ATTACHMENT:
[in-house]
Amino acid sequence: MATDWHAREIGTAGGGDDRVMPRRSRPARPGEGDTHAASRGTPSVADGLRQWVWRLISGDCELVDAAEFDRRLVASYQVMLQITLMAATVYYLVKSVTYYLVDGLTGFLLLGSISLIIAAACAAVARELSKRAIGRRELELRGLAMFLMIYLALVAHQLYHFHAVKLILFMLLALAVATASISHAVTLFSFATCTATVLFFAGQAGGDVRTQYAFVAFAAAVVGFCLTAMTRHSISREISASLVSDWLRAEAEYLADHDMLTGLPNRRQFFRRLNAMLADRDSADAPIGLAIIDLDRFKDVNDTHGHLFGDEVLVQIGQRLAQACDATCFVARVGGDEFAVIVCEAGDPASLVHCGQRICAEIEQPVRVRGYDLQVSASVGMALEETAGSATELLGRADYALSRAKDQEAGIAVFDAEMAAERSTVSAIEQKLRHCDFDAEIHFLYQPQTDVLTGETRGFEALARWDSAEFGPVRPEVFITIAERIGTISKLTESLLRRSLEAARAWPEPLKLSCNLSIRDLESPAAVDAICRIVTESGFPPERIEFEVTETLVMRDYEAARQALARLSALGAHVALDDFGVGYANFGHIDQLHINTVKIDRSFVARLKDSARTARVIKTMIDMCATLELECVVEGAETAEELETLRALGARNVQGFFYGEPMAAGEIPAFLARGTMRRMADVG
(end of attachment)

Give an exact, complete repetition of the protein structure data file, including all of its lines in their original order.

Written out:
[in-house]
Amino acid sequence: MATDWHAREIGTAGGGDDRVMPRRSRPARPGEGDTHAASRGTPSVADGLRQWVWRLISGDCELVDAAEFDRRLVASYQVMLQITLMAATVYYLVKSVTYYLVDGLTGFLLLGSISLIIAAACAAVARELSKRAIGRRELELRGLAMFLMIYLALVAHQLYHFHAVKLILFMLLALAVATASISHAVTLFSFATCTATVLFFAGQAGGDVRTQYAFVAFAAAVVGFCLTAMTRHSISREISASLVSDWLRAEAEYLADHDMLTGLPNRRQFFRRLNAMLADRDSADAPIGLAIIDLDRFKDVNDTHGHLFGDEVLVQIGQRLAQACDATCFVARVGGDEFAVIVCEAGDPASLVHCGQRICAEIEQPVRVRGYDLQVSASVGMALEETAGSATELLGRADYALSRAKDQEAGIAVFDAEMAAERSTVSAIEQKLRHCDFDAEIHFLYQPQTDVLTGETRGFEALARWDSAEFGPVRPEVFITIAERIGTISKLTESLLRRSLEAARAWPEPLKLSCNLSIRDLESPAAVDAICRIVTESGFPPERIEFEVTETLVMRDYEAARQALARLSALGAHVALDDFGVGYANFGHIDQLHINTVKIDRSFVARLKDSARTARVIKTMIDMCATLELECVVEGAETAEELETLRALGARNVQGFFYGEPMAAGEIPAFLARGTMRRMADVG